Vol. 79, No. 7, July
Legal News & Trends
Wisconsin Supreme Court clarifies arbitration
On June 13, the Wisconsin Supreme Court issued its decision in
Borst v. Allstate Insurance Co., Appeal No. 2004AP2004, Cir.
Ct. No. 2002 CV1601 (2006), a case involving core issues related to
arbitration likely to influence, if not directly affect, many future
arbitrations in Wisconsin. The issues in Borst include, under
Wis. Stat. sections 788.10(1)(b) (2003-04) and 788.07, the test for
determining an arbitrator's disqualifying "evident partiality," and the
source and scope of discovery that arbitrators have the authority to
permit or to prohibit.
Following the recommendations of the State Bar's Alternative Dispute
Resolution (ADR) Section in its amicus brief, the court adopted
a presumption of impartiality among all arbitrators - including
arbitrators unilaterally named by the various parties - to participate
on a panel; and held that "evident partiality" cannot be avoided simply
by a full disclosure of the circumstances of his or her relationship to
the particular party together with a declaration of impartiality. The
court also ruled that the parties in arbitration are limited to
deposition discovery (under Wis. Stat. § 788.07) and nothing more,
absent an express agreement to the contrary, reasoning that arbitrators
have no inherent authority to authorize broader discovery.
Earlier the court of appeals, after considering all the parties'
briefs, requested that the supreme court accept certification of the
appeal, which it did on January 20 of this year.
With regard to the "evident partiality" issue, the Borst
arbitrator was a named member of a law firm that had been - prior to the
arbitration - regularly retained by Allstate. Allstate however argued
against disqualification, stating that the arbitrator's full disclosure
of these circumstances at the outset of the proceeding, and declaration
of impartiality, were a sufficient inoculation against the statute's
As to discovery, Wis. Stat. section 788.07 provides that arbitrators
may approve a party's petition to a court of record for permission to
conduct a deposition, but the parties in Borst disagreed
whether arbitrators have the authority, or don't, to authorize and
regulate all forms of discovery.
The ADR Section's amicus brief, inter alia,
disclaimed alignment with any of the parties to the appeal and took no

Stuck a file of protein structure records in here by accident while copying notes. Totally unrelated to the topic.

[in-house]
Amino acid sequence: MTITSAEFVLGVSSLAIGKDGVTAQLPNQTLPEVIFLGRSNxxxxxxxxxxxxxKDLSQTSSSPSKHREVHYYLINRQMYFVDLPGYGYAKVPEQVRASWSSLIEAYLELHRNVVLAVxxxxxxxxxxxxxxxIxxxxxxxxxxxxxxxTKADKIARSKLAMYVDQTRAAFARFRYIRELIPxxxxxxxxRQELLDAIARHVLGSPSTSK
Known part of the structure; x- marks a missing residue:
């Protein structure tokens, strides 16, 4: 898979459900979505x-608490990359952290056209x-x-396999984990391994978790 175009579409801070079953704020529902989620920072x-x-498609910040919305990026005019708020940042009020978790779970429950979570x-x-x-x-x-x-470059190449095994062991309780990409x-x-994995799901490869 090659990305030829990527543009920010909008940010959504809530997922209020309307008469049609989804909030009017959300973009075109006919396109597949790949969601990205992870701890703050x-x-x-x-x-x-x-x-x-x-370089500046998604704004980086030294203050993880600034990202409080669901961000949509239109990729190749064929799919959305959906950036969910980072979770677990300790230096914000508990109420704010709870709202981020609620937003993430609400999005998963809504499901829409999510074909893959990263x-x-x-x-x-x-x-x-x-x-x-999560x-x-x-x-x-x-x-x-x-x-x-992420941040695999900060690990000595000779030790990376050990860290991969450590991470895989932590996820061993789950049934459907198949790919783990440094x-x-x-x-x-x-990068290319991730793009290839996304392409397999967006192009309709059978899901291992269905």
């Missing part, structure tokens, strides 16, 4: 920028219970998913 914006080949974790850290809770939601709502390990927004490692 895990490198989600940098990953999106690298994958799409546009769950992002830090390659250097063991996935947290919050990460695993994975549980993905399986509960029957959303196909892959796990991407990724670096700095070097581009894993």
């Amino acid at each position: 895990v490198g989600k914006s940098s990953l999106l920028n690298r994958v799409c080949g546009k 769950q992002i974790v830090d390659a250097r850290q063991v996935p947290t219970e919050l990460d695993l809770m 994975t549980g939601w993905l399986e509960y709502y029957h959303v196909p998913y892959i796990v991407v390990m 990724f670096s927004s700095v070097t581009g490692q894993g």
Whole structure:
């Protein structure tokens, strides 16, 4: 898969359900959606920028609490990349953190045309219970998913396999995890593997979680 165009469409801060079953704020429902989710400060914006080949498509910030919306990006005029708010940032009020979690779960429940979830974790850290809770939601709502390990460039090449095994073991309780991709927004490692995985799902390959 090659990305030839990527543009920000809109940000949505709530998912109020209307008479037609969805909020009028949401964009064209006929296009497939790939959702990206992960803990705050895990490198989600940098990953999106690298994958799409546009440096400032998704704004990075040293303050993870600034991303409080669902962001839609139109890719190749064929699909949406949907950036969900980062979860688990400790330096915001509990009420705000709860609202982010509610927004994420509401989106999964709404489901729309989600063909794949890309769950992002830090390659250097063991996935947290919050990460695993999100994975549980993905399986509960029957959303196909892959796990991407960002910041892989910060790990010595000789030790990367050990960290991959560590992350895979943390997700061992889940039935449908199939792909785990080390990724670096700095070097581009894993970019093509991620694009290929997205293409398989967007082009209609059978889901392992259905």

position concerning needed factual determinations or the appropriate
outcome of their underlying dispute; recognized the wide array of
arbitration panel selection criteria and practices including the use of
industry experts, party-aligned or "advocacy" arbitrators, and neutrals;
and urged the court to articulate a presumption of impartiality required
of all arbitrators, absent an explicit agreement of all parties to the
contrary. The ADR Section further urged that limitations on discovery be
governed by the parties' contract for arbitration; and that the court
also recognize arbitrators' inherent authority to authorize and regulate
all forms of discovery even absent contractual authority to do so.
The significance of these types of issues was underscored while the
Borst appeal was pending, when the lead story in the Feb. 23,
2006 New York Times Business Section reported the details of a
$900 million Citigroup arbitration, involving a related, although
factually different issue, viz., arbitrator's failure to
disclose allegedly disqualifying relationships ("Arbitrator in Citigroup
Case Accused of Conflicts of Interest").
In June 2005, Presiding Judge Daniel P. Anderson, Wisconsin Court of
Appeals, District II, asked the ADR Section to participate by submitting
an amicus brief in the case. Following approval of this request
by the ADR Section's Board of Directors and the State Bar's Board of
Governors, Madison attorney Mark Frankel and his associates at La
Follette Godfrey & Kahn researched, prepared, and drafted all the
court of appeals and supreme court briefs. Working with attorney Frankel
and his firm, as the ADR Section's Amicus Committee, were Howard
Bellman, Madison; Natalie Fleury, Wauwatosa; and Barbara Burbach, Gary
Gerlach, David Jarvis, Kevin Lyons, and Alan Brostoff, all of
Contributing writer Alan Brostoff served as the chair of the ADR